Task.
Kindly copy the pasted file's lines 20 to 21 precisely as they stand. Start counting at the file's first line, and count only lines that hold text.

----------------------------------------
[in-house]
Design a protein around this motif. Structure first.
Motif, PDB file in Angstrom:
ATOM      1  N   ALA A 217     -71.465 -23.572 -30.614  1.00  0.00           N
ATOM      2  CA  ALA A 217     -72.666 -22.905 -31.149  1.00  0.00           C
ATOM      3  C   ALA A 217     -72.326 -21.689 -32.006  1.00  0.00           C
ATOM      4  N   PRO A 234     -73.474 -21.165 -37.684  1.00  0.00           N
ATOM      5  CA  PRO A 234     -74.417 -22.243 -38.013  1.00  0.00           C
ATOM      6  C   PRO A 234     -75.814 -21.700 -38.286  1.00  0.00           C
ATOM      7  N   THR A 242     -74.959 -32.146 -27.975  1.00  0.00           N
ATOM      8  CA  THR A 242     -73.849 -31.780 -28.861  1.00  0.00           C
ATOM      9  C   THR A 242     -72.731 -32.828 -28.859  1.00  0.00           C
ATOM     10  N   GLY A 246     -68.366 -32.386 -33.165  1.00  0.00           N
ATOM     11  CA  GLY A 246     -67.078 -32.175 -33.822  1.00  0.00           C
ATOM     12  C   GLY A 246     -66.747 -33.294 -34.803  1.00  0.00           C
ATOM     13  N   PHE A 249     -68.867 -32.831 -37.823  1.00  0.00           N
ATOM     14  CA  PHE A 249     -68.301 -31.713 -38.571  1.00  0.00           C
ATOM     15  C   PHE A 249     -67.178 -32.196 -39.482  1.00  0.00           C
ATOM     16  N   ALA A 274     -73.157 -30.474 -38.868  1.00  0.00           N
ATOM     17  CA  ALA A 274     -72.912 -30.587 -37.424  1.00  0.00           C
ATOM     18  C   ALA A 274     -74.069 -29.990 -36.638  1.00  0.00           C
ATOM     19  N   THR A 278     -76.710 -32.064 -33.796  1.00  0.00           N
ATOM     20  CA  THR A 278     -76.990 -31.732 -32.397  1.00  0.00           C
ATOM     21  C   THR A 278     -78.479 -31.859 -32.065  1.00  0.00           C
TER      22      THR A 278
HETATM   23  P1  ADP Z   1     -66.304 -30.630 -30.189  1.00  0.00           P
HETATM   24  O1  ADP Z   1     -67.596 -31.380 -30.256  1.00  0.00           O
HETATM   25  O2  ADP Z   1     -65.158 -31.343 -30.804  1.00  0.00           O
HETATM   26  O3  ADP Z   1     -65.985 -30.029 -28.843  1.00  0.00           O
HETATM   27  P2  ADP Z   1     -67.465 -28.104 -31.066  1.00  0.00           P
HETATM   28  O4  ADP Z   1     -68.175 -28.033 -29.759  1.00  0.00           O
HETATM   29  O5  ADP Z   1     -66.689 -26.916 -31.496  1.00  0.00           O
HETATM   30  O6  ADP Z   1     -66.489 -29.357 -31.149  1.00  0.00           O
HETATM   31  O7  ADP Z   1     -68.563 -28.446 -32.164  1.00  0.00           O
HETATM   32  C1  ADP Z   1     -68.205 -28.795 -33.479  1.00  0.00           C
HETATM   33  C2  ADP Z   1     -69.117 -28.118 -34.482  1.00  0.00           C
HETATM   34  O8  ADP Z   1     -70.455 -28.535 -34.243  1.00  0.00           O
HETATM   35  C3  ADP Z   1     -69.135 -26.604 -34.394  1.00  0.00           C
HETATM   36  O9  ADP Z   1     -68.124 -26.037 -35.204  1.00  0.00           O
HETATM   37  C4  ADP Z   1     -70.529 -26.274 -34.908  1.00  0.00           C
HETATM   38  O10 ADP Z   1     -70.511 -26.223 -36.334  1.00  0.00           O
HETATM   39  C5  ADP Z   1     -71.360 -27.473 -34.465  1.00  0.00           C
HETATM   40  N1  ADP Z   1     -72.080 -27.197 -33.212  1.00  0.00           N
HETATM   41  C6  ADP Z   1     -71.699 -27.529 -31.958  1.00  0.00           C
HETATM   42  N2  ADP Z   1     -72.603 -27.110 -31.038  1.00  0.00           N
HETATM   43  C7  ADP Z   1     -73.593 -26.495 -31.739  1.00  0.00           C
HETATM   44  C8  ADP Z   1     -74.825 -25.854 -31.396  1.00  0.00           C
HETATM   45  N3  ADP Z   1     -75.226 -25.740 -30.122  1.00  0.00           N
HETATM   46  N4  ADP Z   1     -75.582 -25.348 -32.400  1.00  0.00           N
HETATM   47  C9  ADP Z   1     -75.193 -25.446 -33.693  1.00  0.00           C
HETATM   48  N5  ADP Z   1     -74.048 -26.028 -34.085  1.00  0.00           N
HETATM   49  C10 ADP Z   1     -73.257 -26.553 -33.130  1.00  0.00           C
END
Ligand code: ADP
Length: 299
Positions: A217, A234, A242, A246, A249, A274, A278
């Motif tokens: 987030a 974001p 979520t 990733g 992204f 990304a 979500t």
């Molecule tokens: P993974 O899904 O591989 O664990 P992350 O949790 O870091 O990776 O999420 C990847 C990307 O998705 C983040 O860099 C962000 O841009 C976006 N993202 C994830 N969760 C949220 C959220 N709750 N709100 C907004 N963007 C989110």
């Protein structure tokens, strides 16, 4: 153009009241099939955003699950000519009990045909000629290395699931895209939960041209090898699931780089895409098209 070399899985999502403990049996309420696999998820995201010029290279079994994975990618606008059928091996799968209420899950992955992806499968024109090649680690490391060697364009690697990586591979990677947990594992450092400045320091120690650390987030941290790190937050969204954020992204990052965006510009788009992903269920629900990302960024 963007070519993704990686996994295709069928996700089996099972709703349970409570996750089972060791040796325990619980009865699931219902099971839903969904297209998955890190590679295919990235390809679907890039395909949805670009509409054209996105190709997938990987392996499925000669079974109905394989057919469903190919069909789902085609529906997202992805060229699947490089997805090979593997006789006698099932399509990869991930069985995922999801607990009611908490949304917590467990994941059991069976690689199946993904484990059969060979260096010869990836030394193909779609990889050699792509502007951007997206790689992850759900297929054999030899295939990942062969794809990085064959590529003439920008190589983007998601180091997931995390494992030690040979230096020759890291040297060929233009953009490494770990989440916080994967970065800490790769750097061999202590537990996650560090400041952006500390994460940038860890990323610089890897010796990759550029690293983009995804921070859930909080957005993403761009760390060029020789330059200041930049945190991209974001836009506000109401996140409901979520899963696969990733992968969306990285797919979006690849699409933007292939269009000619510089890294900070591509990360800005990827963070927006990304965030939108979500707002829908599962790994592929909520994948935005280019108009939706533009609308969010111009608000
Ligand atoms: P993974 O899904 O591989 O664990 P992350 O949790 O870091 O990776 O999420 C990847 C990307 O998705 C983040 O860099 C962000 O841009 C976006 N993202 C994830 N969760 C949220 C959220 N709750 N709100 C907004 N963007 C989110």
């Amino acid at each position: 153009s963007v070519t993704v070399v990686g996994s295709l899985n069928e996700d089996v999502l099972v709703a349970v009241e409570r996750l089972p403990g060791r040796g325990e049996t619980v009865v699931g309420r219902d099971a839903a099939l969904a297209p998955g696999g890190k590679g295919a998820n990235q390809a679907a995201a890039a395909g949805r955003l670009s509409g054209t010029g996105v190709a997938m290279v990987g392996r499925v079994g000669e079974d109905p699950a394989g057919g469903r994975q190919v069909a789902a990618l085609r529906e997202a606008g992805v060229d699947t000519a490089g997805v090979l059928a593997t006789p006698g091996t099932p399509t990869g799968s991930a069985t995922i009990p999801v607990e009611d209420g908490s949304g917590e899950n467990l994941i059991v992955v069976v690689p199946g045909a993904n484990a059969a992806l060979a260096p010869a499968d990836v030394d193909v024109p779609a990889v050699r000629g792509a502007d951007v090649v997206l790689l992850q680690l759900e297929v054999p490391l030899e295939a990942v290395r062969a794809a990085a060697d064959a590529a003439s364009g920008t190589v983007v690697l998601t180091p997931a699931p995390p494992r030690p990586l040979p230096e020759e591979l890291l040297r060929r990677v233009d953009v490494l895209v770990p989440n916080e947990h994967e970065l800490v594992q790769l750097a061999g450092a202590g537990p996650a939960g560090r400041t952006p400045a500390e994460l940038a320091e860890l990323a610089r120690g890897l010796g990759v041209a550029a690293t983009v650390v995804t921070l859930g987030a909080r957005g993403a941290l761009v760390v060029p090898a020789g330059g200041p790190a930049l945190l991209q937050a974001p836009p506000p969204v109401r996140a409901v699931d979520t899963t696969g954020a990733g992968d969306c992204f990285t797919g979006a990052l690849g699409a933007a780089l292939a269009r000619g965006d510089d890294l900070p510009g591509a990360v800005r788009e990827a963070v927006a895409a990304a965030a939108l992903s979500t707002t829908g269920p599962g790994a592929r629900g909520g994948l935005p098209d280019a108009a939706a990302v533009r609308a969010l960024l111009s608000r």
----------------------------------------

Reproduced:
ATOM     17  CA  ALA A 274     -72.912 -30.587 -37.424  1.00  0.00           C
ATOM     18  C   ALA A 274     -74.069 -29.990 -36.638  1.00  0.00           C